Community reaches out to local veterans


Vendors attend the Alachua County Transition Information and Veteran Referral Day at Kanapaha Veterans Memorial Park on Thursday.

Doug Finger/The Gainesville Sun
Published: Thursday, March 28, 2013 at 5:27 p.m.
Last Modified: Thursday, March 28, 2013 at 5:27 p.m.

In a single afternoon, local veterans went searching for jobs, signed up for library cards, registered to vote, got information about enrolling at Santa Fe College and Saint Leo University and learned about what the area has to offer.

The first Alachua County Transition Veteran Information and Referral Day happened Thursday at the Kanapaha Veterans Memorial Park, targeting both new veterans from Iraq and Afghanistan transitioning to civilian life for the first time as well as older veterans who are new to Alachua County.

“It's a way for the community to welcome them,” said County Commissioner Charles “Chuck” Chestnut.

The event was organized by several departments of county government.

“Jobs” was the most common answer people gave when asked what brought them to Kanapaha Park on Thursday.

A person in a blue Navy shirt went up to a table set up by the Alachua County Sheriff's Office. “So what do y'all have for veterans?” he asked. “Tell me about the Sheriff's Office.”

Sheriff's Deputy Angela McClellan was giving the attendees information about employment opportunities for former members of the military. A former member of the Army, she related to the vets. “When I first got out, it was difficult to find a job,” she recalled.

The Gainesville Police Department was also there to recruit new employees.

GPD “works with vets, paying their academy expenses,” said Louis Acevedo, GPD recruiter. The GI bill benefits can be used to cover the cost of attending the police academy, but some people max it out when they get their four-year degree, he said. “If the GI bill doesn't cover it, we can help.”

Walmart, Alachua County Human Resources, and the City of Gainesville Human Resources Office were also taking applications.

Some veterans wanted to be their own boss, opting to start a business rather than join one. Gregory Sledge, in the Army for about three years until 1987, started a moving company last September that predominately hires ex-military people.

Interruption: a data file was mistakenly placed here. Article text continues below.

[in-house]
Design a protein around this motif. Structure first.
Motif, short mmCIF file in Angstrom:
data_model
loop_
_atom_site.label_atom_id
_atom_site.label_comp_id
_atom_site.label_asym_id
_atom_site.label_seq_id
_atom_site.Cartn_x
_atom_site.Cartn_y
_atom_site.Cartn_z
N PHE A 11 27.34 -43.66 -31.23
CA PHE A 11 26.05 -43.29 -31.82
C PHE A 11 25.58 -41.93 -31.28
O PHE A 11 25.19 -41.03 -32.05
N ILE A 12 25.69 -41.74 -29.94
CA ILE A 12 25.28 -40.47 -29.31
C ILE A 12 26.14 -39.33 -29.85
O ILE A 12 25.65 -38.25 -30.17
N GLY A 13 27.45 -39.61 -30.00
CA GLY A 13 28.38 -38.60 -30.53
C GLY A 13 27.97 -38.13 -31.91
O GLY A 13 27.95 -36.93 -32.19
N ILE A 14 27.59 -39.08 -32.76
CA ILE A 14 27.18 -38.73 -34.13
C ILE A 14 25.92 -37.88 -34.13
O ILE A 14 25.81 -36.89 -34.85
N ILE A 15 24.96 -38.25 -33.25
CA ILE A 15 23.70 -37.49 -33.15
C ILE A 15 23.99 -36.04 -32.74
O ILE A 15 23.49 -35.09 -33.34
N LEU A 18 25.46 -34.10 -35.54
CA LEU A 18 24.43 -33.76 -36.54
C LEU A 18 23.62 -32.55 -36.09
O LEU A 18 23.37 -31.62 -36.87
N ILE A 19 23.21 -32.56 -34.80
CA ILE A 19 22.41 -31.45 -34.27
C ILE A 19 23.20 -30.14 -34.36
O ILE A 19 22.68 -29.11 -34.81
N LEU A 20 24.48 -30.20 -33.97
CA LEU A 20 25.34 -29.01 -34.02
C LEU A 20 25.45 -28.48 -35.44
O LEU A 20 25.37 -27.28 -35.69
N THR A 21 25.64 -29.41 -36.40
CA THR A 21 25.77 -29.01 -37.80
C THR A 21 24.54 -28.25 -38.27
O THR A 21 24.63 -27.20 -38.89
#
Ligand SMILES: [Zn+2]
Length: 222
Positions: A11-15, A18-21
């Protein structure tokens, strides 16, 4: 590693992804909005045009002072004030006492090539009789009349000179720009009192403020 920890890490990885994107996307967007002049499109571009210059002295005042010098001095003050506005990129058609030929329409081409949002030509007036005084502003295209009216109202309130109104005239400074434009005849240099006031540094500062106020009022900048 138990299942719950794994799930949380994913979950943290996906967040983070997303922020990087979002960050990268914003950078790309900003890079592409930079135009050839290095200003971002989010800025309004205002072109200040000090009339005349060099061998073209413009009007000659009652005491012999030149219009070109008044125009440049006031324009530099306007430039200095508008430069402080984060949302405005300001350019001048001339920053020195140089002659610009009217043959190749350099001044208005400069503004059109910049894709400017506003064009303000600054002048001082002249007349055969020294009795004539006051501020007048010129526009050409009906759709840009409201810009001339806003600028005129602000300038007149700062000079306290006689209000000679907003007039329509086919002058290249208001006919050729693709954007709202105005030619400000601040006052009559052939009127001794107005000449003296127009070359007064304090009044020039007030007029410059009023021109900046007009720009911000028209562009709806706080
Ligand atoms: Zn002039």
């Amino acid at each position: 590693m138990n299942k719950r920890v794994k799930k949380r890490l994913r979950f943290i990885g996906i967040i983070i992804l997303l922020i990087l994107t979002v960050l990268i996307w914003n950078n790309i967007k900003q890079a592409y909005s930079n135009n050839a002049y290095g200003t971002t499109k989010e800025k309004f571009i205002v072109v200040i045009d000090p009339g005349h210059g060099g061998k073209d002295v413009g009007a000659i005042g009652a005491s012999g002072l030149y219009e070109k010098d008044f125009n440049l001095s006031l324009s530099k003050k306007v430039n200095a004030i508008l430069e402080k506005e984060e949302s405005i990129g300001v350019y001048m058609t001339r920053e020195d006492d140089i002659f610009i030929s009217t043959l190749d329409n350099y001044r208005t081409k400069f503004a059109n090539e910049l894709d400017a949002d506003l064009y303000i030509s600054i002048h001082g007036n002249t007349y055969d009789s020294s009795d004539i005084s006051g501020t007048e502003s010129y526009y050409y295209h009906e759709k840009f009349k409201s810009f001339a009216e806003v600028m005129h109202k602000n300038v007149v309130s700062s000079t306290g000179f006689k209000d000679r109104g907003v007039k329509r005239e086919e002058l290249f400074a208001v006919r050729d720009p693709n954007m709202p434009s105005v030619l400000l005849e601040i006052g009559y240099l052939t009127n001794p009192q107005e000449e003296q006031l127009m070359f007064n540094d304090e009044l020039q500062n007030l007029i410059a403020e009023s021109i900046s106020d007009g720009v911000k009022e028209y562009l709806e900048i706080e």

For people like Sledge, the Gainesville chapter of SCORE, a nonprofit organization that provides free business counseling to entrepreneurs, let veterans know about the help SCORE offers to small businesses. SCORE connects owners of small businesses to a mentor, face to face or through email.

Not everybody was so eager to immediately join the civilian workforce after their military careers. Zack Rasmussen, who was in the Navy for four years, said he is ready to go back to school.

“Getting back into college is a big deal for veterans,” he said. He was at Thursday's event to get information from Santa Fe College about enrolling to study architectural landscaping.

Competing for attention with Santa Fe College, Saint Leo University had representatives there to entice veterans.

“Because we're a private school, we have more grants available,” said Kristen Copenhaver, VA certifying official for Saint Leo in Gainesville. Saint Leo doesn't charge vets out-of-state tuition and offers several benefits for housing and books, Copenhaver said.

Aside from settling the question of whether to enroll in school or get a job, veterans found several local nonprofit organizations and local government departments to help understand what kinds of services are available for them in Alachua County.

Christians Concerned for the Community offered vets help in installing wheelchair ramps, bath rails, or other equipment for the handicapped. The Alachua County Crisis Center let them know where to go and who to contact if they have an emergency involving such issues as suicidal thoughts or post-traumatic stress disorder. Getting a library card, registering to vote in the county, and requesting a Florida birth certificate were also made easy.

“It's so good to see the community support the veterans, and to be in a community where they help,” said Matt Bowman, former flight officer in the Navy. “Most veterans are not aware of the benefits and opportunities available to them.”

Vendors outnumbered attendees at Thursday's event. The list of local government agencies, businesses and nonprofits was too large to list, said Major Stroupe, veterans services director for Alachua County.

Meanwhile, veterans and their family members did not show up in the numbers the county had hoped. By noon, just more than 20 people had attended, Stroupe said.

Commissioner Chestnut has higher hopes for next year.

“I think it will do better when it becomes an annual event,” he said.

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